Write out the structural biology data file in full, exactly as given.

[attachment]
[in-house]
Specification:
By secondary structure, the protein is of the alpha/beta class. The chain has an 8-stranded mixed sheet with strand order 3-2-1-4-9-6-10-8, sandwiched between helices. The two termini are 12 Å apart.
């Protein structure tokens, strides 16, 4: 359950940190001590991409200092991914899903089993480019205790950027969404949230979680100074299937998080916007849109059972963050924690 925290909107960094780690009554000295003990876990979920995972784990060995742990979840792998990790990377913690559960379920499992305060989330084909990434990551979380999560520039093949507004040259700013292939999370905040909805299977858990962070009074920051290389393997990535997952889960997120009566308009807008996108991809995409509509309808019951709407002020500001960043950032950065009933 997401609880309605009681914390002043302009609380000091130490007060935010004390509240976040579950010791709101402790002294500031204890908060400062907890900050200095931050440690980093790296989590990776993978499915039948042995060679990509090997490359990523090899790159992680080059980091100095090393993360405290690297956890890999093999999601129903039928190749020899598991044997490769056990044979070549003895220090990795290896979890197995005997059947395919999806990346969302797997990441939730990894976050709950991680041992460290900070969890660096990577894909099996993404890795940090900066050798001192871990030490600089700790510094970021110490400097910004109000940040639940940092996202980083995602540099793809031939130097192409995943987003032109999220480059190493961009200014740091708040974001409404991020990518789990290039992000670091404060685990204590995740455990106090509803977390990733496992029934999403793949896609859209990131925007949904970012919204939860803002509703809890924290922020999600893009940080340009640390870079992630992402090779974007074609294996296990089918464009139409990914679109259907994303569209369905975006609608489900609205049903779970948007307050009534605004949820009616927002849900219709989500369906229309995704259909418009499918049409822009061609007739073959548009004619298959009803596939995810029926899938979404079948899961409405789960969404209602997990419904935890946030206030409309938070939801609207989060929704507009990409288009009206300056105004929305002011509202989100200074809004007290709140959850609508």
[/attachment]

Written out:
[in-house]
Specification:
By secondary structure, the protein is of the alpha/beta class. The chain has an 8-stranded mixed sheet with strand order 3-2-1-4-9-6-10-8, sandwiched between helices. The two termini are 12 Å apart.
């Protein structure tokens, strides 16, 4: 359950940190001590991409200092991914899903089993480019205790950027969404949230979680100074299937998080916007849109059972963050924690 925290909107960094780690009554000295003990876990979920995972784990060995742990979840792998990790990377913690559960379920499992305060989330084909990434990551979380999560520039093949507004040259700013292939999370905040909805299977858990962070009074920051290389393997990535997952889960997120009566308009807008996108991809995409509509309808019951709407002020500001960043950032950065009933 997401609880309605009681914390002043302009609380000091130490007060935010004390509240976040579950010791709101402790002294500031204890908060400062907890900050200095931050440690980093790296989590990776993978499915039948042995060679990509090997490359990523090899790159992680080059980091100095090393993360405290690297956890890999093999999601129903039928190749020899598991044997490769056990044979070549003895220090990795290896979890197995005997059947395919999806990346969302797997990441939730990894976050709950991680041992460290900070969890660096990577894909099996993404890795940090900066050798001192871990030490600089700790510094970021110490400097910004109000940040639940940092996202980083995602540099793809031939130097192409995943987003032109999220480059190493961009200014740091708040974001409404991020990518789990290039992000670091404060685990204590995740455990106090509803977390990733496992029934999403793949896609859209990131925007949904970012919204939860803002509703809890924290922020999600893009940080340009640390870079992630992402090779974007074609294996296990089918464009139409990914679109259907994303569209369905975006609608489900609205049903779970948007307050009534605004949820009616927002849900219709989500369906229309995704259909418009499918049409822009061609007739073959548009004619298959009803596939995810029926899938979404079948899961409405789960969404209602997990419904935890946030206030409309938070939801609207989060929704507009990409288009009206300056105004929305002011509202989100200074809004007290709140959850609508």